Wednesday, November 28, 2012


IF A CHILDREN'S BOOK by Upton Sinclair seems unlikely, then a Walt Disney movie based on an Upton Sinclair children's book seems almost impossible. But in 1967, thirty-one years after the book The Gnomobile was published, Walt Disney released the live-action film The Gnome-Mobile starring Walter Brennan "and those Mary Poppins kids," Matthew Garber and Karen Dotrice.

Sinclair had had a tempestuous relationship with Hollywood over his long career. He at first believed that film could be a powerful tool in raising social awareness and reaching the populace. He produced (and made a cameo in) an adaptation of his most famous book The Jungle in 1914, which stayed faithful to his book. But the next major movie based on one of his books, The Money Changers, released in 1920, turned a novel about J. P. Morgan's involvement in the panic of 1907 into a movie about the Chinatown drug trade. Sinclair was furious, and was ready to write off Hollywood for good. But there was still some belief that the cinema could be made to serve social justice.

In 1932, his pro-Prohibition novel The Wet Parade was turned into a film by MGM for which he was paid $20,000. This time, the story in the book matched the story on the screen. This personal success allowed the socialist Sinclair to move to Beverly Hills, where he was soon hired by William Fox to write a book on Fox Corporation's Depression travails. The book was meant to be a publicity tool for Fox Corporation, but in Sinclair's hands it became an indictment of a movie studio attempting to form a monopoly. It did not make him popular in Hollywood.

By the time Sinclair ran in the gubernatorial race of 1934, his socialist politics seemed such a threat to the Hollywood studios--especially Louis Mayer--that the studios churned out an active smear campaign, ensuring Sinclair's loss. It was because of this loss that Sinclair set out on a speaking tour in 1935 to recoup some of his campaign money, which took him through the redwoods and inspired the novel The Gnomobile.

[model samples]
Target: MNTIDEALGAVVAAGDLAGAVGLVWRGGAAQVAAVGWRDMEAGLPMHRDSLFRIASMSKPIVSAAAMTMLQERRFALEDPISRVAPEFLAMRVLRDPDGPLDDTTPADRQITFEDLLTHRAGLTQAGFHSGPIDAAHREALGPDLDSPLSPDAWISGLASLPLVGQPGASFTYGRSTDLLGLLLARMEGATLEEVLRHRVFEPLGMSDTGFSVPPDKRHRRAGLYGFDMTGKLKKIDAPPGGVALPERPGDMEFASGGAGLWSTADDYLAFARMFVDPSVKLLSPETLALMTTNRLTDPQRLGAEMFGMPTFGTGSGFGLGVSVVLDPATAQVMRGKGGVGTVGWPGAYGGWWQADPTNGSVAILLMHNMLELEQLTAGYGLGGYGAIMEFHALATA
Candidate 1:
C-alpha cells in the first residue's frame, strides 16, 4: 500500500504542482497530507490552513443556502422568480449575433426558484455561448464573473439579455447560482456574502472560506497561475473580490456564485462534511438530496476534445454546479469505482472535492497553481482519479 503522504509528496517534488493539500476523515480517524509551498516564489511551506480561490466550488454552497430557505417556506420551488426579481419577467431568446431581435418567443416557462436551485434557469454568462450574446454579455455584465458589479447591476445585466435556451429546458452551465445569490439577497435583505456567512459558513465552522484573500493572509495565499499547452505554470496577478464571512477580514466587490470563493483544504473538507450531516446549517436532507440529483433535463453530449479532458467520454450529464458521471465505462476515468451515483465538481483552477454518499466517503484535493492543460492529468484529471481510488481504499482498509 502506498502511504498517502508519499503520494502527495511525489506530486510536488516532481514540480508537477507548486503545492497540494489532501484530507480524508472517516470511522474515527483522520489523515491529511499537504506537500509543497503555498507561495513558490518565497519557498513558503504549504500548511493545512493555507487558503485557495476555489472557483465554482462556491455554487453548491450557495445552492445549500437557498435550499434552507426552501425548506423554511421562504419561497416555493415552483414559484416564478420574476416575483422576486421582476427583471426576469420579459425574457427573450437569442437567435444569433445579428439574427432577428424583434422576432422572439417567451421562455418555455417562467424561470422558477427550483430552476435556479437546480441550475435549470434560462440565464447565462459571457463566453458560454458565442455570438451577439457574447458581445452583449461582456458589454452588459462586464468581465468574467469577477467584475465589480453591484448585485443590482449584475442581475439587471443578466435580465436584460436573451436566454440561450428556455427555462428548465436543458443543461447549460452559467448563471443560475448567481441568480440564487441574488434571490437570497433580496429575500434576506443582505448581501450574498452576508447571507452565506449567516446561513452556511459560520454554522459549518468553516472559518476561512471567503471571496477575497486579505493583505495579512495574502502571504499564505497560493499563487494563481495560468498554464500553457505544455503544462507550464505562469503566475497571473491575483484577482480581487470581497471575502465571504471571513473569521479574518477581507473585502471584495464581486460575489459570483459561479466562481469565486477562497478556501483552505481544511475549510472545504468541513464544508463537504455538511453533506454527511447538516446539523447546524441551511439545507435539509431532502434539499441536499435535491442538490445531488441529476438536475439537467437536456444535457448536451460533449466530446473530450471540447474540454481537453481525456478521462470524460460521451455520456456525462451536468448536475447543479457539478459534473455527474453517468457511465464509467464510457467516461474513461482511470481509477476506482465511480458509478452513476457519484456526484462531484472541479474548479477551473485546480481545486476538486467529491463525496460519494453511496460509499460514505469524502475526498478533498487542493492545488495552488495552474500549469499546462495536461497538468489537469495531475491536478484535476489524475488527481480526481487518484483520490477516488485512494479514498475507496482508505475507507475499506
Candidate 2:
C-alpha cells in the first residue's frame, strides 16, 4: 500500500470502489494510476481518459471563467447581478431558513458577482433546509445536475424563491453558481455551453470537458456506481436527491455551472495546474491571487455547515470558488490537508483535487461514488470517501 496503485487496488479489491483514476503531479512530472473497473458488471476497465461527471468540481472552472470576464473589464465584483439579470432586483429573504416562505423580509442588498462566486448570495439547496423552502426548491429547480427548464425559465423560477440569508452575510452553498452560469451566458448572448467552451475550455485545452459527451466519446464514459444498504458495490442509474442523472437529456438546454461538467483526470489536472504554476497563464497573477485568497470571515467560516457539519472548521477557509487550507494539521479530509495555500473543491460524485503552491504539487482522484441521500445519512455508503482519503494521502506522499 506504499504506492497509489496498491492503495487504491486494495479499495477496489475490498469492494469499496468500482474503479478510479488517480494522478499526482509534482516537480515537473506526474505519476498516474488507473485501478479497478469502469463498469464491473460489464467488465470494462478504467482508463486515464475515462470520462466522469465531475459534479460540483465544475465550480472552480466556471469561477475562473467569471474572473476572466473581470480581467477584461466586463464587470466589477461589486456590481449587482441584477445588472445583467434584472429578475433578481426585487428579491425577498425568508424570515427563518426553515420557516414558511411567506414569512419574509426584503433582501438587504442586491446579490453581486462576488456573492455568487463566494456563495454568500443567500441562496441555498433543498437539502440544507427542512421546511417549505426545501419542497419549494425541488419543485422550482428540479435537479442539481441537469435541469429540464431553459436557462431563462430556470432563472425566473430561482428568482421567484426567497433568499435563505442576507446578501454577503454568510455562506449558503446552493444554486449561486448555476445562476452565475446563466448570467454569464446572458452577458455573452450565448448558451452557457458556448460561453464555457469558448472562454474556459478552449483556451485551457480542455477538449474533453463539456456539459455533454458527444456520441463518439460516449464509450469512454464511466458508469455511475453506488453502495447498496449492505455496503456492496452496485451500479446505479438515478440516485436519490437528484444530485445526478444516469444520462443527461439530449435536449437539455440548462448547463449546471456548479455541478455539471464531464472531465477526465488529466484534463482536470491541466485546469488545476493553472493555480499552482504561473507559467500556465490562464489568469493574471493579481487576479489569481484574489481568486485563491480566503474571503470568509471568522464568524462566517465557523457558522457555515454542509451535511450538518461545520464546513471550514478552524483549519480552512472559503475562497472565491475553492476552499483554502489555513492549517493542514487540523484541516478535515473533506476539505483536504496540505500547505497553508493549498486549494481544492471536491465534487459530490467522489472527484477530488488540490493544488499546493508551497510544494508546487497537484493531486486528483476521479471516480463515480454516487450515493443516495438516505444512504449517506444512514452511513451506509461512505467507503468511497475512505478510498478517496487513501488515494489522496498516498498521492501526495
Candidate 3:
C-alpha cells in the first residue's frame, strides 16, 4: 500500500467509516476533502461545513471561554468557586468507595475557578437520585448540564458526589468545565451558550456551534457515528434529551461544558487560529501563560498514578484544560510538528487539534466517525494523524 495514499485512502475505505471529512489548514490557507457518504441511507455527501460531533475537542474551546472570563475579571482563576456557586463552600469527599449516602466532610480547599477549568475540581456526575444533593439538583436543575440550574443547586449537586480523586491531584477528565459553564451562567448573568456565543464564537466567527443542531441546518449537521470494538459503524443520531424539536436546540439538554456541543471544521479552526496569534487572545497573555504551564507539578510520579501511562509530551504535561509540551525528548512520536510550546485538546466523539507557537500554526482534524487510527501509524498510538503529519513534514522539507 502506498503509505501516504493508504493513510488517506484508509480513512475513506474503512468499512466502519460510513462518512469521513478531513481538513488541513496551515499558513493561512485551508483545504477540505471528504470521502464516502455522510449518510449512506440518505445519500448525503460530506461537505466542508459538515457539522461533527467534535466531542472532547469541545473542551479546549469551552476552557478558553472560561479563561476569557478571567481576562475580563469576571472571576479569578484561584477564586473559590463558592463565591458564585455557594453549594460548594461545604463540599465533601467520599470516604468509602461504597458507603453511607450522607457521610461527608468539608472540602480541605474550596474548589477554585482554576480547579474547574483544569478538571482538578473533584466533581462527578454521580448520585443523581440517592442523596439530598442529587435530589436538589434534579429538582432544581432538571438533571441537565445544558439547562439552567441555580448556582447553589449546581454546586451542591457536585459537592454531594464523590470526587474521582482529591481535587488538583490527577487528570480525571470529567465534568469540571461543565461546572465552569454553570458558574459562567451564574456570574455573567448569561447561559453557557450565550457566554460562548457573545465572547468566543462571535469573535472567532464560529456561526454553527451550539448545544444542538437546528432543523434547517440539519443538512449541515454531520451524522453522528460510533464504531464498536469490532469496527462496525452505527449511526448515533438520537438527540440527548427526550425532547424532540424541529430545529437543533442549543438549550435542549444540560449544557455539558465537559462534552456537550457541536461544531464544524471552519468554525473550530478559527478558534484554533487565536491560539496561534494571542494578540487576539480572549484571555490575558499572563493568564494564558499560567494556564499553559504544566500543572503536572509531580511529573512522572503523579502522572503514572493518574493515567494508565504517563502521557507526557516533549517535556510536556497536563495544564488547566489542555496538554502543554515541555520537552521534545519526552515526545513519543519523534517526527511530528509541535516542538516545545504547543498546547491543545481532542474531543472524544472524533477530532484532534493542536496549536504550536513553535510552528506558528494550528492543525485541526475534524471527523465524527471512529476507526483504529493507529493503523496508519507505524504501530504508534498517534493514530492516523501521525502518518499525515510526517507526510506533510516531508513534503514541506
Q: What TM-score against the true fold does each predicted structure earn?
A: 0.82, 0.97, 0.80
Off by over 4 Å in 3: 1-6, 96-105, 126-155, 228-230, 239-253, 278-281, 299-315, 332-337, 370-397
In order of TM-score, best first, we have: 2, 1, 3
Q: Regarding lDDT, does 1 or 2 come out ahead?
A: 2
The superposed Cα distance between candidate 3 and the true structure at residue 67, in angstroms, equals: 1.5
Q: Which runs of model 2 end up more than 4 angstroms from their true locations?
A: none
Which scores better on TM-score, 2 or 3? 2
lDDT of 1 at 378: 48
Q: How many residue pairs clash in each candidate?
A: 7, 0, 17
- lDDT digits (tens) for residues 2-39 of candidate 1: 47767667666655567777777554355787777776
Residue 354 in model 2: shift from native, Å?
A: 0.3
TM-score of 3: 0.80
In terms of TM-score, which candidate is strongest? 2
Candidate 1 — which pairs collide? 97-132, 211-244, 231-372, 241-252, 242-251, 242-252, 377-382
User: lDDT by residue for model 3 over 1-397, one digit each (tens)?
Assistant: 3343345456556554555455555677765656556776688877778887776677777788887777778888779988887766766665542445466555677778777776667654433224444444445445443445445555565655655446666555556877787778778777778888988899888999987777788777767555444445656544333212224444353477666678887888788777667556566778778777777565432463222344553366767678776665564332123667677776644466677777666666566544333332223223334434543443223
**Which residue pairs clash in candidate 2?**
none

Despite his status in Hollywood, when the book came out in 1936, Sinclair's friend Rob Wagner, publisher of the magazine The Script, introduced Sinclair to Walt Disney, suggesting that The Gnomobile might be suited for film. Disney didn't think it right for an animated movie, but said if he ever began making live-action films, he would consider it.

After Disney began making live-action features in 1950, Sinclair began to write occasional letters reminding Disney of his promise to turn The Gnomobile into a movie. Sinclair's hope was that he would see the book on the big screen before he died. Eventually Disney wrote back, and in 1967, Sinclair got his wish. Walt Disney, however, twenty-three years his junior, died before the movie's release.  He watched footage of the film in progress in the last month of his life.

AS TO BE EXPECTED with a Disney adaptation, The Gnome-Mobile is very different from The Gnomobile, and it goes far beyond a change in title. First off is a change in protagonists. In Sinclair's book, the main characters are a young girl named Elizabeth and her uncle Rodney Sinsabow. In the movie, Rodney becomes Elizabeth's younger brother, and the adult along for the adventure is their grandfather D. J. Mulrooney, the lumber baron (played by Walter Brennan). This is significant because the disappearance of the gnomes is a direct result of heavy logging. Now, instead of trusting in a descendent of loggers with great disdain for his family's business, the gnomes must trust in their arch-nemesis himself.

The gnomes go in for name changes as well. Bobo becomes Jasper, and his grandfather Glogo becomes Knobby. Since the arguably more loaded gnomic word Doo Deen (doodie anyone?) is introduced in the movie for regular-sized people--in the book, they're just called "big people"--it's not clear why these new name are preferable to the originals.

The movie opens with D. J. leaving the Mulrooney Lumber building in his Rolls Royce to pick up his grandchildren at the San Francisco airport. The plan is to drive up to Seattle to go yachting. Along the way, they stop for a picnic in Mulrooney Grove in Redwood National Park. D. J. explains, "All that sign means is, that I had the privilege of seeing they'll always be here." He's a lumber baron and a conservationist.